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Mercury’s wind farm starts to rise above Palmerston North  

Credit:  Janine Rankin | Manawatū Standard | Nov 09 2020 | www.stuff.co.nz ~~

Components for Mercury’s Turitea wind farm on the Tararua Range above Palmerston North are arriving in a Keith St yard next to the historic power station.

Almost 100 turbine blades have already been delivered from Taranaki to Rangitīkei St, while hubs, nacelles and drive trains were on their way daily from Napier to Keith St.

Within a month, all the major parts for the 60-turbine, $450 million wind farm will be in New Zealand.

The transmission line for the wind farm is almost complete and visible from the city, and the tower bases for the northern group of turbines are starting to rise from their foundations.

But Vestas senior project manager Kenn Wood still has one puzzle to get the whole thing together.

That is the challenge of getting the giant 55-metre blades up the hill.

An access road under construction to bypass the tightest bends on the Pahīatua Track slipped at the end of August, suspending progress.

Wood told a community liaison group in the city last week he had not given up on the shortcut.

The earth movement had slowed down, the soils had dried out and further geotechnical tests would be carried out to see if it was still possible to come up with an engineering solution.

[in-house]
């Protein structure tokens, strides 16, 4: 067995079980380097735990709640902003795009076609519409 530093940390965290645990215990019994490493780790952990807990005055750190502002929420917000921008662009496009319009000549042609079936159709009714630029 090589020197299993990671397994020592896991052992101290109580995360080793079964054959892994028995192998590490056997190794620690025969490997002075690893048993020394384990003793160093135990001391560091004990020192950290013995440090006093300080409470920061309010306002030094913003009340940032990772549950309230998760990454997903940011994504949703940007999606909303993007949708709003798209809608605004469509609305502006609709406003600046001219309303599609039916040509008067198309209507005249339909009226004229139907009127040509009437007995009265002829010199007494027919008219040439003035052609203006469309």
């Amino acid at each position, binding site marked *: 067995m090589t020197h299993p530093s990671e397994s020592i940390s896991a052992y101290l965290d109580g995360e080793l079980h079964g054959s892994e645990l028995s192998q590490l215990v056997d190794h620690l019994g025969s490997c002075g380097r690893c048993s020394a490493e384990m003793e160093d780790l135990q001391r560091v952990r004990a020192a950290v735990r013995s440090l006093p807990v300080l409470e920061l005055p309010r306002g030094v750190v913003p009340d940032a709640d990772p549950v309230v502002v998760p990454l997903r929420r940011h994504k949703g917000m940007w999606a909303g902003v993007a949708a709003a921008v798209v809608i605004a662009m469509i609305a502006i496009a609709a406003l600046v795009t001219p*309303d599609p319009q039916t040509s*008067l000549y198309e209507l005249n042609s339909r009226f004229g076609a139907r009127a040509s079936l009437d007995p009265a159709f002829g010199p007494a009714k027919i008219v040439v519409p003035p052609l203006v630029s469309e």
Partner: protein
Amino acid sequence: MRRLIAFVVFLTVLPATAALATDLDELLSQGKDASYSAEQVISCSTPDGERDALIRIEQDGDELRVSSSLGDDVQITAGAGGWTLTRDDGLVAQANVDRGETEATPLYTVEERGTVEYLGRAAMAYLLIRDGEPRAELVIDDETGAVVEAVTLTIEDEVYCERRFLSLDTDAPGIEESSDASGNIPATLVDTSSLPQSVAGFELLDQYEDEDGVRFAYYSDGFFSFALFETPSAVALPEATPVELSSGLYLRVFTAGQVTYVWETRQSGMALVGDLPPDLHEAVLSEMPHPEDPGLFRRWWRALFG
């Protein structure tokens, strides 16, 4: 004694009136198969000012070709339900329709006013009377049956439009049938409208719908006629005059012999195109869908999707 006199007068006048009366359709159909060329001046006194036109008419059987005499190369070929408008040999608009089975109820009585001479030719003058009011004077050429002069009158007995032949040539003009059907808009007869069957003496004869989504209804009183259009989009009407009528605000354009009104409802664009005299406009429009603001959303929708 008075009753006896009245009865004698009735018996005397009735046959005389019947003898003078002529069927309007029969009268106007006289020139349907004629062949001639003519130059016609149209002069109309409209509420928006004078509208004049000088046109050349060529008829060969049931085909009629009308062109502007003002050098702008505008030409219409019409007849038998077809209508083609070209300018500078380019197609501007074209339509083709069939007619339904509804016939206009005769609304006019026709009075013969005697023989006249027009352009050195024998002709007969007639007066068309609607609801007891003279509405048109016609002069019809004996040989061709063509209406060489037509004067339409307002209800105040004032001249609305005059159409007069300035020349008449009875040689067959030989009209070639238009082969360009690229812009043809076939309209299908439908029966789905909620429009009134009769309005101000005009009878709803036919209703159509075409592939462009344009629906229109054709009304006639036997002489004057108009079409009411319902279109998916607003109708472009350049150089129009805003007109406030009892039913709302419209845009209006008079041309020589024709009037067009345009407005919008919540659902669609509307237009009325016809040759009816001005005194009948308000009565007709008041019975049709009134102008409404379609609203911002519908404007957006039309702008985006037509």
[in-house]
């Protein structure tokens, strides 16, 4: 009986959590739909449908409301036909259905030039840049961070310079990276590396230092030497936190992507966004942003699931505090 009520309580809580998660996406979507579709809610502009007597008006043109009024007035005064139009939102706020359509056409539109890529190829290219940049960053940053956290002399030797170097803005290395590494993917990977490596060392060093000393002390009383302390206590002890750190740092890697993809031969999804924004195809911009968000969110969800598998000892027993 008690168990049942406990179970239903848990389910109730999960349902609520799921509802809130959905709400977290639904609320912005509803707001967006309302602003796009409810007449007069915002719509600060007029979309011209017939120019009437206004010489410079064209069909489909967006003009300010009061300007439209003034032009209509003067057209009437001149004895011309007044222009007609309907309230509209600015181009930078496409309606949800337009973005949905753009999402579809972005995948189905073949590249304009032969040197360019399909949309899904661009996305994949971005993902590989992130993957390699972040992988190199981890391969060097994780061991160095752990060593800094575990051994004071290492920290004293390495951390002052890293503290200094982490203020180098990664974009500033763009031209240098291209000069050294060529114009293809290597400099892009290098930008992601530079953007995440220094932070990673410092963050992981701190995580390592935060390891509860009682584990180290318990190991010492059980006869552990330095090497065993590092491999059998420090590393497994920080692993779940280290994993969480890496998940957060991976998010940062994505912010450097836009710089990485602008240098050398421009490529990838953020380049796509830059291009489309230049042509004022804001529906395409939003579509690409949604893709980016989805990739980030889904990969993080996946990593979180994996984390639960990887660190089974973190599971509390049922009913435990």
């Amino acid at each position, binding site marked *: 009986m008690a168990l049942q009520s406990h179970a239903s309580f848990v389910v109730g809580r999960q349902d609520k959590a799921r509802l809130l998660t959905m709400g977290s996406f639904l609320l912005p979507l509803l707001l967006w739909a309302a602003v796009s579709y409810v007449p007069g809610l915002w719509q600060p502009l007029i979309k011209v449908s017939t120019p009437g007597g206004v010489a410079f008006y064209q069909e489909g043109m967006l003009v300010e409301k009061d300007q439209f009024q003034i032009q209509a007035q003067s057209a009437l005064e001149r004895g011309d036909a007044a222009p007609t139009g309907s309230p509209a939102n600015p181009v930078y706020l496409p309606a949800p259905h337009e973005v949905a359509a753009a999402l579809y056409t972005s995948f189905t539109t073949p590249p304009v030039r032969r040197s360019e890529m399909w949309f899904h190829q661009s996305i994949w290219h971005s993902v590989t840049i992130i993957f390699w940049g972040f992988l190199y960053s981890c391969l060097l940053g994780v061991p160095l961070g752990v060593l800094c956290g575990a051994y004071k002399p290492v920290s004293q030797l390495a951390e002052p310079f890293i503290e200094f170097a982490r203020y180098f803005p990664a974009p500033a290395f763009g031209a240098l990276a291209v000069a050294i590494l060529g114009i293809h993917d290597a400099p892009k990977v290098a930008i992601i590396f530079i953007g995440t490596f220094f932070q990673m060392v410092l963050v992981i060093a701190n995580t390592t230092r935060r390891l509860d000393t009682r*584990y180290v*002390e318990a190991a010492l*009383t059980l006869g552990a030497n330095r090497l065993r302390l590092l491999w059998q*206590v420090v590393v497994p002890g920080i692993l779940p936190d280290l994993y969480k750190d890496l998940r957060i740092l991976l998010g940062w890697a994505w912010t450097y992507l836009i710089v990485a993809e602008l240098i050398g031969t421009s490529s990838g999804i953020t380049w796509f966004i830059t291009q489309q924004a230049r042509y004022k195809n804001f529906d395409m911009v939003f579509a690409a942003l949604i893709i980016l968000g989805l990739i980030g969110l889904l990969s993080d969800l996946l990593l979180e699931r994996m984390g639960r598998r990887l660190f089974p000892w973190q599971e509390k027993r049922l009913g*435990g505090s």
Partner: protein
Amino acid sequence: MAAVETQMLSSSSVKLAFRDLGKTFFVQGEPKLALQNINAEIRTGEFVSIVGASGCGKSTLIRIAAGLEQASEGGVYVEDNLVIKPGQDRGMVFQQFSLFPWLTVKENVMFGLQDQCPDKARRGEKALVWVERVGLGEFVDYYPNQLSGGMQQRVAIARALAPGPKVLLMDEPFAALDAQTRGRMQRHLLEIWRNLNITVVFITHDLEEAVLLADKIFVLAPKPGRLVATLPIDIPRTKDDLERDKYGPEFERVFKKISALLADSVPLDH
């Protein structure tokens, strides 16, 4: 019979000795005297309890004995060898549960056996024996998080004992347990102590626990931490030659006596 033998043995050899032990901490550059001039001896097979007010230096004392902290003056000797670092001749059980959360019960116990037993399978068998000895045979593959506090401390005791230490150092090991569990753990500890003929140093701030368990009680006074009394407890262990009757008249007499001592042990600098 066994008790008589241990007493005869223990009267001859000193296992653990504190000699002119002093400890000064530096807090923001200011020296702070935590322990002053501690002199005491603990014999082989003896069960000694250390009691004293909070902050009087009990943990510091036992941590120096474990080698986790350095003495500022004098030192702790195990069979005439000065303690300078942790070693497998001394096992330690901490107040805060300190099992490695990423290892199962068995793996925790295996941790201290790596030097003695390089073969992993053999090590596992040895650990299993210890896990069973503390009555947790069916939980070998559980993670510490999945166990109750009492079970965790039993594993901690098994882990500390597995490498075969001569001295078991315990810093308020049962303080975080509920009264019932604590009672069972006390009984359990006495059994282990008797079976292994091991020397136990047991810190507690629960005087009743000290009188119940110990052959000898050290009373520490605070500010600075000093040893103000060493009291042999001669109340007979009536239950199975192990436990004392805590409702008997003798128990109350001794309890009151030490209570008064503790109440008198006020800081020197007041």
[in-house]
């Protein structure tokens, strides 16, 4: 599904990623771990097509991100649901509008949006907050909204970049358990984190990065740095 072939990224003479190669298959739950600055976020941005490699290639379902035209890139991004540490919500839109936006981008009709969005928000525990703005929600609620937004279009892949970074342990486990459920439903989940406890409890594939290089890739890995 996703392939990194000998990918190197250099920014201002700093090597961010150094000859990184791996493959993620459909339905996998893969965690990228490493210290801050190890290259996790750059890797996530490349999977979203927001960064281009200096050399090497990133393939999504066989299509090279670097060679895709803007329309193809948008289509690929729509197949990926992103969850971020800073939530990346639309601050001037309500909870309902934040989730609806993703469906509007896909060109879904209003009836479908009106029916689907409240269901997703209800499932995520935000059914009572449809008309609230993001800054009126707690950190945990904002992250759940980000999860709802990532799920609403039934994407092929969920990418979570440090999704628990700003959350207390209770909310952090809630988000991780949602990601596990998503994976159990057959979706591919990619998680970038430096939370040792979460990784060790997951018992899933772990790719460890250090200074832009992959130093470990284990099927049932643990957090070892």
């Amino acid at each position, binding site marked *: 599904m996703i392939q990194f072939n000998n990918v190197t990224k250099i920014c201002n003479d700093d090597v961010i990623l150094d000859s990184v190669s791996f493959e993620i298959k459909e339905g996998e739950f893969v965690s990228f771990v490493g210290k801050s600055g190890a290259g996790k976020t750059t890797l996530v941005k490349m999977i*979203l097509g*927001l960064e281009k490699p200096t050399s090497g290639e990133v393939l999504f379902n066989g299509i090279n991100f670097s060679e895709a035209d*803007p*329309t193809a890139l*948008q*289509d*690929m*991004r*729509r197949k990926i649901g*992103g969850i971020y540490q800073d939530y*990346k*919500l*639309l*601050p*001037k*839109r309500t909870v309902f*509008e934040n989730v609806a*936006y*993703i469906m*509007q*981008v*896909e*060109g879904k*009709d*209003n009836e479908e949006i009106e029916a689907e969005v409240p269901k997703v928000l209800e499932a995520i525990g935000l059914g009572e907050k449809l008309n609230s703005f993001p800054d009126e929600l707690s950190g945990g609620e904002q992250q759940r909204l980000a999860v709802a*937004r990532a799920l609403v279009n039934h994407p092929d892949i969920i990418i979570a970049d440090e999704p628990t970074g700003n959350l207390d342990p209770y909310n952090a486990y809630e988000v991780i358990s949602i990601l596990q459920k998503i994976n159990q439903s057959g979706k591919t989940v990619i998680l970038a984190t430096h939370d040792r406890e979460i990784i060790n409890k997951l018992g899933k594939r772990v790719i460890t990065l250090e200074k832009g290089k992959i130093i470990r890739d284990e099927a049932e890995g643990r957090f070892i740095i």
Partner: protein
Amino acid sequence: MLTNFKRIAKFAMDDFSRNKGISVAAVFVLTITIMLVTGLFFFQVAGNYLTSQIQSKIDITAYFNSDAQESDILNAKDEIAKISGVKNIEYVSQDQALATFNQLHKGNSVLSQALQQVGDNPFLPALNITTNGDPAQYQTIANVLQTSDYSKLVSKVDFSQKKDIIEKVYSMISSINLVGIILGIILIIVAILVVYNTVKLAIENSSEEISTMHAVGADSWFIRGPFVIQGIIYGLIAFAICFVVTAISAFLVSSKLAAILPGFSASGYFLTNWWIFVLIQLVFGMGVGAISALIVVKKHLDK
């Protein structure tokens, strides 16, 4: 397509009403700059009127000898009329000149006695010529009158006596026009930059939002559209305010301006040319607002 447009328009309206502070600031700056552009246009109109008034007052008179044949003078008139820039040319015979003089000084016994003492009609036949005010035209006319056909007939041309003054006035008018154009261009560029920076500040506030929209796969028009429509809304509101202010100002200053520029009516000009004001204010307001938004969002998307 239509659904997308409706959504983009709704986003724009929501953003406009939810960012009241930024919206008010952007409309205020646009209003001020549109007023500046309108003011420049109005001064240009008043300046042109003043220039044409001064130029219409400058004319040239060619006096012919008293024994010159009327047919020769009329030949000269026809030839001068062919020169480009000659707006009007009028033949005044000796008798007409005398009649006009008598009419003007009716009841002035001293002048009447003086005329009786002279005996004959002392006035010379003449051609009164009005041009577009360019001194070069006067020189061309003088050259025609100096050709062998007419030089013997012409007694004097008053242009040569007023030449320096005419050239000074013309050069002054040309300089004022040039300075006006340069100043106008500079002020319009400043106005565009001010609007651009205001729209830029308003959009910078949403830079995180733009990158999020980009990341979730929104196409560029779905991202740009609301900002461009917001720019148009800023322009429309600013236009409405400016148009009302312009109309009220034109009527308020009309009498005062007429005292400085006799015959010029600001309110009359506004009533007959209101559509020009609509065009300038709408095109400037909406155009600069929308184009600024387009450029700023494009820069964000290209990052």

Meantime, the options for an alternative route for the blades are being investigated.

Mercury project director Dennis Radich said the difficulties with getting the blades to the site were not delaying construction, yet.

The timeline for completion of the northern stage had slipped by about six months following the Covid-19 lockdown, which suspended siteworks, and wet weather.

The first of the turbine towers would be ready to have the blades attached in February.

It was confirmed in November last year that the second and southern stage of the development would go ahead immediately following work on the northern set.

Once work on the transmission line to Brown’s Flat is completed, Mercury has a plan to re-vegetate 10 hectares of former farmland there to compensate for the roads and tower sites that could not be returned to nature.

Seedlings were already being nurtured for the first round of planting to establish cover, with a second round of native plantings planned once protection from the elements was established.

Source:  Janine Rankin | Manawatū Standard | Nov 09 2020 | www.stuff.co.nz

This article is the work of the source indicated. Any opinions expressed in it are not necessarily those of National Wind Watch.

The copyright of this article resides with the author or publisher indicated. As part of its noncommercial effort to present the environmental, social, scientific, and economic issues of large-scale wind power development to a global audience seeking such information, National Wind Watch endeavors to observe “fair use” as provided for in section 107 of U.S. Copyright Law and similar “fair dealing” provisions of the copyright laws of other nations. Send requests to excerpt, general inquiries, and comments via e-mail.

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